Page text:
STORY AND PHOTOS BY JANIE ROSMAN
Catty-corner to the house Jessica Hans-Smolin shares with her husband, Pete Smolin, and their one-year-old, is where the Raymond G. Esposito Trail crosses Clinton Avenue. It’s also where the spur path and trail entrance for the new bridge’s path will be built.
“It’s not just about my backyard, nor many people’s yards,” Hans-Smolin said, speaking for the group Preserve South Nyack. “It’s about having a comprehensive plan with foresight to ensure safety, maintain the integrity of our residential community and respect South Nyack’s rich history.”
Citing a misconception that local residents aren’t in favor of the new bridge’s path, she clarified, “The controversy is where it ends, where it outputs, where it impacts on a trail in a community (and) mixed feelings about the additional spur path.”
Concept F—one of four plans presented to South Nyack by its Tappan Zee Bridge Task Force in December 2015—indicated a paved side path would be an advantage. Rockland County Times reported in February that PSN members voiced concern about the path throughout 2015 and 2016 and were told they’d be consulted as the timeline pertaining to the trail got closer.
Task Force meets as needed with project officials, bringing recommendations to the board for consideration and “has a good relationship with the state and the Thruway Authority,” Mayor Bonnie Christian said. “We’re trying to do what’s best for our community while keeping the character and integrity of our village intact.”
Thanking the 2,200-plus people who participated in the project team’s recent 10-question survey, spokesman Khurram Saeed said in a statement, “Their input is enormously useful to help the team better understand how people plan to use the path as we continue to work on operational details, including way finding, hours and amenities.”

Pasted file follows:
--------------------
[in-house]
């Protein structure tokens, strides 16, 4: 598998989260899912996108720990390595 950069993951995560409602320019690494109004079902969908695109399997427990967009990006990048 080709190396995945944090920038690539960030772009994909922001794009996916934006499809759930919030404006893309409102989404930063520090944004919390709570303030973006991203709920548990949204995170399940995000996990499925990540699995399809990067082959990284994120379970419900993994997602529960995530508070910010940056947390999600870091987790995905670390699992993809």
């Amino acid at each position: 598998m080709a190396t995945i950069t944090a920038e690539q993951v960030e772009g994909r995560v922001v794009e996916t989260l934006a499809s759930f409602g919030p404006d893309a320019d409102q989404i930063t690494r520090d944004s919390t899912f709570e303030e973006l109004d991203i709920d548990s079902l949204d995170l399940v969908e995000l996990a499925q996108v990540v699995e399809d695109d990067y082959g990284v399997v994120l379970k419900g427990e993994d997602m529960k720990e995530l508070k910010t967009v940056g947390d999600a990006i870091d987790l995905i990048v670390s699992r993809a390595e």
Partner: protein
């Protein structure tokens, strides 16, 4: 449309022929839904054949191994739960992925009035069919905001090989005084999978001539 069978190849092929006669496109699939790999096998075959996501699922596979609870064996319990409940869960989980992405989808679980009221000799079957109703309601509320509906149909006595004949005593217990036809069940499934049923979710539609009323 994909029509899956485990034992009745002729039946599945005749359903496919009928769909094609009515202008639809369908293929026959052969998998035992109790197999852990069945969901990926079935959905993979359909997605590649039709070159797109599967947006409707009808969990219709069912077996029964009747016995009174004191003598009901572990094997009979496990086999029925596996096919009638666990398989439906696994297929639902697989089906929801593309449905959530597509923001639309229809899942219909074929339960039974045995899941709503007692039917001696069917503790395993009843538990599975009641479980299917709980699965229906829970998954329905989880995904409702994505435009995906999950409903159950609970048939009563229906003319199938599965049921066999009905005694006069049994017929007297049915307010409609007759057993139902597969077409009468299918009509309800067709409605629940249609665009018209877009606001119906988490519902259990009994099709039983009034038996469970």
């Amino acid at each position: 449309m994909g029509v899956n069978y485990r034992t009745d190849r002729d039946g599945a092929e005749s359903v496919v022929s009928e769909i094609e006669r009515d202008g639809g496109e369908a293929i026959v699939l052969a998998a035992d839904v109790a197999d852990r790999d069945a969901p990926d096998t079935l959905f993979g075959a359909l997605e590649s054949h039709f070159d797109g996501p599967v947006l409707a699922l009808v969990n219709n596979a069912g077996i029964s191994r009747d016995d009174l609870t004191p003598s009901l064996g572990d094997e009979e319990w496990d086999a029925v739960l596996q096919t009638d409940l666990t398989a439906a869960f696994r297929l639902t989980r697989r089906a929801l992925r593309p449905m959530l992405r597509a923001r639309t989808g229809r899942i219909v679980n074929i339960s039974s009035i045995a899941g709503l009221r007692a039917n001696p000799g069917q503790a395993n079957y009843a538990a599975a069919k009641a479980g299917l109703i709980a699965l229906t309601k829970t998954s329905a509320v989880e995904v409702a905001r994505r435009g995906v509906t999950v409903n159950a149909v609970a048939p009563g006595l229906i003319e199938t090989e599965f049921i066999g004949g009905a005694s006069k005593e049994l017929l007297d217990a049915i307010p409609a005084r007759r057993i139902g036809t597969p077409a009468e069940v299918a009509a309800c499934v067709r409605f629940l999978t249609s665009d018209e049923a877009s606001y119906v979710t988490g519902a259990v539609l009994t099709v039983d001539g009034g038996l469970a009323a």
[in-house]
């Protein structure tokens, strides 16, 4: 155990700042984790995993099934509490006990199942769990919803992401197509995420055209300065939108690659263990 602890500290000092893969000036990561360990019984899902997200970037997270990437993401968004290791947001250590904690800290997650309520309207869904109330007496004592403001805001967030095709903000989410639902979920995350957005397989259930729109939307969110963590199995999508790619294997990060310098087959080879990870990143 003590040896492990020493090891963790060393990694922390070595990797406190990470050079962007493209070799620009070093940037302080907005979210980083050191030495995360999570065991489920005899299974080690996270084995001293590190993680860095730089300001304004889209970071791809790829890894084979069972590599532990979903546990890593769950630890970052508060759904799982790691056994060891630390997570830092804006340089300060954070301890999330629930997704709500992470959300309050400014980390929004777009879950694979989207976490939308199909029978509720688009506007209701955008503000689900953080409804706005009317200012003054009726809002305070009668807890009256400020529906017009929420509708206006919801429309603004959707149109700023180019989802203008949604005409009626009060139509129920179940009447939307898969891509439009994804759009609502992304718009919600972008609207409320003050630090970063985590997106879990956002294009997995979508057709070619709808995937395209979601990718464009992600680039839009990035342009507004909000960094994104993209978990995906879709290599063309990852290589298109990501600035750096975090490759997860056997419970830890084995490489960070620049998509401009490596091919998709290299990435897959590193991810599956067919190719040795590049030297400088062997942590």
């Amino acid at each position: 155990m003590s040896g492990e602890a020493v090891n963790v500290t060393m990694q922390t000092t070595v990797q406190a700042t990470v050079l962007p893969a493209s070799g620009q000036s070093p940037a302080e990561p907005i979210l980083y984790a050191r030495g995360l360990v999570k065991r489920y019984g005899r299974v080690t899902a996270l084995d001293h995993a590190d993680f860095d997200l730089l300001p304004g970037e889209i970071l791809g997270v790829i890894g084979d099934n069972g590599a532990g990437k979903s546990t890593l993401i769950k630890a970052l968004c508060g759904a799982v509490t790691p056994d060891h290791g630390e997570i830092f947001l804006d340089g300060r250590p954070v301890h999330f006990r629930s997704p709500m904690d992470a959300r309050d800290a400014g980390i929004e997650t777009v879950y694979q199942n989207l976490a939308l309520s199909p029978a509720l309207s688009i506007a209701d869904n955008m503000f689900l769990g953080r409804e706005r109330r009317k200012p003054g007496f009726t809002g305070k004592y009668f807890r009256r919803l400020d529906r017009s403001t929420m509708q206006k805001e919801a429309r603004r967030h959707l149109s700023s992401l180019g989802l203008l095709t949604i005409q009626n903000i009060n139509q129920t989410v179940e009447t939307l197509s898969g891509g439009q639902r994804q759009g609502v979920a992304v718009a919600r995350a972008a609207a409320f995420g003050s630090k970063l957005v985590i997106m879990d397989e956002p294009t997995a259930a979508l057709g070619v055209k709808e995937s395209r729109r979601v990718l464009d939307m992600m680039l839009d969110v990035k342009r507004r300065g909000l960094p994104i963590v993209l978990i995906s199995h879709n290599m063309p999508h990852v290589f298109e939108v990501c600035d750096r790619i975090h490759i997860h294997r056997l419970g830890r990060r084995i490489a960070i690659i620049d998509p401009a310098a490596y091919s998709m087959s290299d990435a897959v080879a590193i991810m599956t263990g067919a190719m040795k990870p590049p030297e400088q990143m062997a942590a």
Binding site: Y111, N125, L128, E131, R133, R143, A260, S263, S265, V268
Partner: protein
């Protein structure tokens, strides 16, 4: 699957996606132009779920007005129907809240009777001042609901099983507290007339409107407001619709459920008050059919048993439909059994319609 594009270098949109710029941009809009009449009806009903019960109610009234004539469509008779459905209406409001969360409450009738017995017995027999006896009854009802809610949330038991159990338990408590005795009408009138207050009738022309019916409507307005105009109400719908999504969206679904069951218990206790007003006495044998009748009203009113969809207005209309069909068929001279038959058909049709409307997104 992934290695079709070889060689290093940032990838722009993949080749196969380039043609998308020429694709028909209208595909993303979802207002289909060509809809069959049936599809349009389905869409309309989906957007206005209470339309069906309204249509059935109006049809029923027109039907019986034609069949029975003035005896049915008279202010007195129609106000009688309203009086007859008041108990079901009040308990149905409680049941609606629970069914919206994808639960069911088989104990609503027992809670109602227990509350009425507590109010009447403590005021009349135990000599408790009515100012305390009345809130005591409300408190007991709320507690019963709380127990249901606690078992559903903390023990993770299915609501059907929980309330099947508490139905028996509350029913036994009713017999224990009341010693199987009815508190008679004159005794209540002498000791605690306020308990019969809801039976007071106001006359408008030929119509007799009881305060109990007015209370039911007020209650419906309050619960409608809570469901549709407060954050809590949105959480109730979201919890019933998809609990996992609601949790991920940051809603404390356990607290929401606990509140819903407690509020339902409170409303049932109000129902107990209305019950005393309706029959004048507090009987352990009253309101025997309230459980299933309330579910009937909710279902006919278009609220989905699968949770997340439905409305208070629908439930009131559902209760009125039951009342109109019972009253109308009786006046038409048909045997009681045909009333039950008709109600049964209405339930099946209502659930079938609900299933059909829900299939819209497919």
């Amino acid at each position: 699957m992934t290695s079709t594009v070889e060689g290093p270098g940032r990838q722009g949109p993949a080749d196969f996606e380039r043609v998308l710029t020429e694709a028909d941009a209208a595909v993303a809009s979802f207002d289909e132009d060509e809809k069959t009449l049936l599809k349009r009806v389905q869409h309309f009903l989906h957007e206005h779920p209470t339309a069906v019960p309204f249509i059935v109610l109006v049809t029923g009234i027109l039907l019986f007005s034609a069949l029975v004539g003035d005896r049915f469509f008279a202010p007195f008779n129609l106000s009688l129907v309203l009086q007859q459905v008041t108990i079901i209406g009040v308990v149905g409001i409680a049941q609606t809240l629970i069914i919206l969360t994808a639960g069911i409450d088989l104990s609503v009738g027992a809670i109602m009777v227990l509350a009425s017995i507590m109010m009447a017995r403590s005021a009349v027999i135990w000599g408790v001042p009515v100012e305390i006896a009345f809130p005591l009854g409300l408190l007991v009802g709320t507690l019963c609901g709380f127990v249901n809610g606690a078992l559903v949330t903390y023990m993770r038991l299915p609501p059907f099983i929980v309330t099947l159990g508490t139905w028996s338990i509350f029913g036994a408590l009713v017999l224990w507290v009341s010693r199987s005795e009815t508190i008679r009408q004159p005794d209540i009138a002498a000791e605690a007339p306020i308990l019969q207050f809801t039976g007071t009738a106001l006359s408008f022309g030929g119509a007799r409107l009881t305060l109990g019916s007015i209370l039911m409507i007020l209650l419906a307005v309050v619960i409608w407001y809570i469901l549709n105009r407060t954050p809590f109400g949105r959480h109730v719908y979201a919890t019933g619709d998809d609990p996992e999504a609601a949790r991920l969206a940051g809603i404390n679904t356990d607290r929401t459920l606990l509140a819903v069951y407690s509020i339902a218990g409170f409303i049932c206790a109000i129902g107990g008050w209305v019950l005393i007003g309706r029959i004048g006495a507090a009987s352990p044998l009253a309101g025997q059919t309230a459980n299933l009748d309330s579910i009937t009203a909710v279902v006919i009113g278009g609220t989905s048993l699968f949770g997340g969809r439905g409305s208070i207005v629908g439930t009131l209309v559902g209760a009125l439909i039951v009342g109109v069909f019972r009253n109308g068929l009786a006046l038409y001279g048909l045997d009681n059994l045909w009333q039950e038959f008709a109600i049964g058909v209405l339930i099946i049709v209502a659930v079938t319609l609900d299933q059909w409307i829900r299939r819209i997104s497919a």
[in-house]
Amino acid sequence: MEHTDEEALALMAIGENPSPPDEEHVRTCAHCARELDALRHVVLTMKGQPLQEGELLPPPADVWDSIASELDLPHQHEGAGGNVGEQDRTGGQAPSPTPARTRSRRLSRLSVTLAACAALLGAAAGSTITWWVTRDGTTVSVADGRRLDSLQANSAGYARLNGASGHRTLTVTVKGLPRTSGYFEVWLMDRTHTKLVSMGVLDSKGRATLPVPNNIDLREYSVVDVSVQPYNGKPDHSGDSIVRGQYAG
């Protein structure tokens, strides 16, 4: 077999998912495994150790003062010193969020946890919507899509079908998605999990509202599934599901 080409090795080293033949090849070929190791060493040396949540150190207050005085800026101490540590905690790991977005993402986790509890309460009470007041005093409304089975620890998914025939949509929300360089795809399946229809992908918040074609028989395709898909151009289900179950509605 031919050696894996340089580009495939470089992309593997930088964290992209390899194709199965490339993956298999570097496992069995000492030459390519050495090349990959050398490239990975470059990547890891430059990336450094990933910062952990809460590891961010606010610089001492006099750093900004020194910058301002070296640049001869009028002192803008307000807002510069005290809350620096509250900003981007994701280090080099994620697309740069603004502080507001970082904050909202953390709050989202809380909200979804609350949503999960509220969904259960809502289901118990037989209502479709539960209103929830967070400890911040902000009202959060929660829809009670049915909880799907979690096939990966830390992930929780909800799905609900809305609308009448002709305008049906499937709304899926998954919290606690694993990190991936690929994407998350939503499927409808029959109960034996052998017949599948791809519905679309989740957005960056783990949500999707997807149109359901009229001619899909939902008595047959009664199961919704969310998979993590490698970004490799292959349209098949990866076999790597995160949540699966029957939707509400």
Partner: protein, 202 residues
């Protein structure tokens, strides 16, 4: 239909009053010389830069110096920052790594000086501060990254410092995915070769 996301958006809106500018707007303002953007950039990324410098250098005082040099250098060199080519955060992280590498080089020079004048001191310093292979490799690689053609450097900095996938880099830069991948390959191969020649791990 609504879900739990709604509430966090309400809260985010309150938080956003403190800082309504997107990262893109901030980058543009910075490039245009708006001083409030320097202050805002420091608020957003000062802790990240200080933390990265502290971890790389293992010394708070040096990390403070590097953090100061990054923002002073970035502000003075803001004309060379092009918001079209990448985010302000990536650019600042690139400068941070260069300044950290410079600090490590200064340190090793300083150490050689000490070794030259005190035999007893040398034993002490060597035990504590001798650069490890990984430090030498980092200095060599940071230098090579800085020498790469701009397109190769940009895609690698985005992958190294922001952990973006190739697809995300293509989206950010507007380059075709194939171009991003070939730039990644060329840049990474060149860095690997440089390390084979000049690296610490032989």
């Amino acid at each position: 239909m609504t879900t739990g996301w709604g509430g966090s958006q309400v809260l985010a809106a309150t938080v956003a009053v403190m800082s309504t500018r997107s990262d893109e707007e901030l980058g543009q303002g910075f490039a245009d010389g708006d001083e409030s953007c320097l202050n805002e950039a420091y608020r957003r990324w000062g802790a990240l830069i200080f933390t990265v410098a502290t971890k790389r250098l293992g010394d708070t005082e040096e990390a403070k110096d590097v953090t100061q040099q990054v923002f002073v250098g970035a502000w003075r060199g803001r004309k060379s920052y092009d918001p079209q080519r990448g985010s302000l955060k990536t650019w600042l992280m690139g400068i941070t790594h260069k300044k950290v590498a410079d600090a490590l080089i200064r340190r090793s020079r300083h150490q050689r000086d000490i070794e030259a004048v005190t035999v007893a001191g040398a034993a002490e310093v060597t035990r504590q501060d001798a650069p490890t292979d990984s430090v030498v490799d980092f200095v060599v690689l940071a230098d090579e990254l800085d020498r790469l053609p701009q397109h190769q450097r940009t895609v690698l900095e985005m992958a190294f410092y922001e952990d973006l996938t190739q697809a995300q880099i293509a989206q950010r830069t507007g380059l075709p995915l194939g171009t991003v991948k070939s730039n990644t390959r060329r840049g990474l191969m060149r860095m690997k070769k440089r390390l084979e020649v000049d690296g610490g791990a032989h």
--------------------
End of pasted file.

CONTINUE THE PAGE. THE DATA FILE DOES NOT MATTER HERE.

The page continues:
Encouraged that South Nyack resident was one of the survey’s responder options, Christian emphasized it’s a way to let the project team know a villager answered and doesn’t want the path open 24/7.
Tarrytown Mayor Drew Fixell agrees with her about curtailing path hours albeit for a different reason: he has yet to see that benefits outweigh potential negatives, while she stressed it would be unfair to—and potentially dangerous for—residents.
“Though there may be some ‘good’ uses for it at 2 a.m., I can’t imagine the legitimate demand for it would justify the risks and potential costs,” Fixell said. “Perhaps we’ll find that there really is a lot of demand for crossing in the wee hours, but I don’t believe that keeping it open all night makes sense in advance of the demand being demonstrated.”
Metro North’s first Manhattan-bound train leaves Tarrytown at 4:45 a.m., and the last train arrives in Tarrytown from Grand Central Station at 2:43 a.m., begging the question: Will the path be available to late evening and early morning commuters?
“The idea of keeping it open only dawn to dusk (when the Esposito Trail is open) makes it unusable for anything but recreation,” Rockland Bicycling Club board member Mike Benowitz said. “The bridge is almost three miles across. Someone looking to cause trouble is not going to cross three miles.”
The New City resident takes the ferry from Haverstraw to Ossining, and, from there, bicycles to his job in White Plains. He feels closing the spur path from dusk to dawn would be better than closing the entire path overnight.
South Nyack neighbors worry about safety when the Lower Hudson Transit Link replaces the Tapppan ZEExpress in fall 2018. Stops include the South Franklin Extension (within Interchange 10)—the bridge interchange—and at Artopee Way in Nyack.
“This is way too much traffic at one intersection in an exclusively residential community. We have a lot of young children here,” Hans-Smolin said, citing a recent block party where kids played freely.
Most recreational cyclists aren’t riding after dark, Benowitz said, and clubs that organize special rides will use a road and not the trail. “Large bicycle groups will avoid shared use areas,” Benowitz said. “You’re riding 15 miles an hour, and someone walking a dog turns around,” which might lead to a potential accident.
Christian and Police Chief Brent Newbury met recently with state officials to discuss the path’s safety and patrolling, Christian wrote in a July 7 update. Governor Cuomo’s office will work with Newbury and state troopers to ensure village safety concerns are satisfactorily addressed.
“It’s important to be a concerned citizen and be active as much as you possibly can,” Hans-Smolin reiterated. PSN feels if the (area around the) trail has to be developed despite its continuing efforts to save the green space, then it would like the spur path to close from dusk to dawn, and have path users be directed to exit at the Interchange 10 parking lot.